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Chapter 104: Danglars Signature. (continued)
"Shall you be present in the reception room?"
"No; I have a cousin who has undertaken this sad office. I shall work, doctor -- when I work I forget everything." And, indeed, no sooner had the doctor left the room, than he was again absorbed in study. On the doorsteps d'Avrigny met the cousin whom Villefort had mentioned, a personage as insignificant in our story as in the world he occupied -- one of those beings designed from their birth to make themselves useful to others. He was punctual, dressed in black, with crape around his hat, and presented himself at his cousin's with a face made up for the occasion, and which he could alter as might be required. At twelve o'clock the mourning-coaches rolled into the paved court, and the Rue du Faubourg Saint-Honore was filled with a crowd of idlers, equally pleased to witness the festivities or the mourning of the rich, and who rush with the same avidity to a funeral procession as to the marriage of a duchess.
Gradually the reception-room filled, and some of our old friends made their appearance -- we mean Debray, Chateau-Renaud, and Beauchamp, accompanied by all the leading men of the day at the bar, in literature, or the army, for M. de Villefort moved in the first Parisian circles, less owing to his social position than to his personal merit. The cousin standing at the door ushered in the guests, and it was rather a relief to the indifferent to see a person as unmoved as themselves, and who did not exact a mournful face or force tears, as would have been the case with a father, a brother, or a lover. Those who were acquainted soon formed into little groups. One of them was made of Debray, Chateau-Renaud, and Beauchamp.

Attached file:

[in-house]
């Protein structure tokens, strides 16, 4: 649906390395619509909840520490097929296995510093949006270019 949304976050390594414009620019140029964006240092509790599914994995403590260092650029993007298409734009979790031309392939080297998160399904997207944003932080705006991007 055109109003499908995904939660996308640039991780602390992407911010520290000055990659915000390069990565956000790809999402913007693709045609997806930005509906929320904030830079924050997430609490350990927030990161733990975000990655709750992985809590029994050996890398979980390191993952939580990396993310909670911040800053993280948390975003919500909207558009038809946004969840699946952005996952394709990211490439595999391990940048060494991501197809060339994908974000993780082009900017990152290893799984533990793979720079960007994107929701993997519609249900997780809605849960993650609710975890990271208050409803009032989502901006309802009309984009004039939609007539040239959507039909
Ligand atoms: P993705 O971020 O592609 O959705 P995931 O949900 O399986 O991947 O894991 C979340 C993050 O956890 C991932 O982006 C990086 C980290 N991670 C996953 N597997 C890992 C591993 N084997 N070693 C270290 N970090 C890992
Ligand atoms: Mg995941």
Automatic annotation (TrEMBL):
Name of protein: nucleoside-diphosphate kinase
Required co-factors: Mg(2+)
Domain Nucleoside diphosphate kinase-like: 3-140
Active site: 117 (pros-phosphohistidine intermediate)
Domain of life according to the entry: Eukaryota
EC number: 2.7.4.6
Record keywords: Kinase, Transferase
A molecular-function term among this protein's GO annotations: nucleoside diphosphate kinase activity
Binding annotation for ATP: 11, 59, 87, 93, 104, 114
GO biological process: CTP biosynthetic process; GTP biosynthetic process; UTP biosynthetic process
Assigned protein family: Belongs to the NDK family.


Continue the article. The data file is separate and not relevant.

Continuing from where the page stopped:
"Poor girl," said Debray, like the rest, paying an involuntary tribute to the sad event, -- "poor girl, so young, so rich, so beautiful! Could you have imagined this scene, Chateau-Renaud, when we saw her, at the most three weeks ago, about to sign that contract?"
"Indeed, no," said Chateau-Renaud -- "Did you know her?"
"I spoke to her once or twice at Madame de Morcerf's, among the rest; she appeared to me charming, though rather melancholy. Where is her stepmother? Do you know?"
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